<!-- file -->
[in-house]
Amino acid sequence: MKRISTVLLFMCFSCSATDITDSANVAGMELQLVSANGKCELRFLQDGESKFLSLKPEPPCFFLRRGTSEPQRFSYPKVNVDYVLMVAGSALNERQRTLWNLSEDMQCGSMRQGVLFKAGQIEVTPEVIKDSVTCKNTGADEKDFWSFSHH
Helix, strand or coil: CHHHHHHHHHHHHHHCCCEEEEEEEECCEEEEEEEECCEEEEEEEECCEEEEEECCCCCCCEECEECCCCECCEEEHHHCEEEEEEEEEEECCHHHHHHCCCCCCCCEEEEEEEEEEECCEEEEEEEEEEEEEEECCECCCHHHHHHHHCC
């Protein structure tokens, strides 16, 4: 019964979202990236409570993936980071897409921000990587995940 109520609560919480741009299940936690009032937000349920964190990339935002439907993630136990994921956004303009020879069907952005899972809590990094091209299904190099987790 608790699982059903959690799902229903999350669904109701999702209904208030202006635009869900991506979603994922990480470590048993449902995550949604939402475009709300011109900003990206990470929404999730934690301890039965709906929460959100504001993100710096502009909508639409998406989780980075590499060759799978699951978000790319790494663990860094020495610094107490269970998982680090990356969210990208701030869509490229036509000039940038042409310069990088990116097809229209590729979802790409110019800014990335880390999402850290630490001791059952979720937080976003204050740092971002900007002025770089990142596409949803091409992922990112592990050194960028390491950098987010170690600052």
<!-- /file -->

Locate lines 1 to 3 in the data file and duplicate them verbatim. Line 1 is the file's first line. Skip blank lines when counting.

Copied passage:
[in-house]
Amino acid sequence: MKRISTVLLFMCFSCSATDITDSANVAGMELQLVSANGKCELRFLQDGESKFLSLKPEPPCFFLRRGTSEPQRFSYPKVNVDYVLMVAGSALNERQRTLWNLSEDMQCGSMRQGVLFKAGQIEVTPEVIKDSVTCKNTGADEKDFWSFSHH
Helix, strand or coil: CHHHHHHHHHHHHHHCCCEEEEEEEECCEEEEEEEECCEEEEEEEECCEEEEEECCCCCCCEECEECCCCECCEEEHHHCEEEEEEEEEEECCHHHHHHCCCCCCCCEEEEEEEEEEECCEEEEEEEEEEEEEEECCECCCHHHHHHHHCC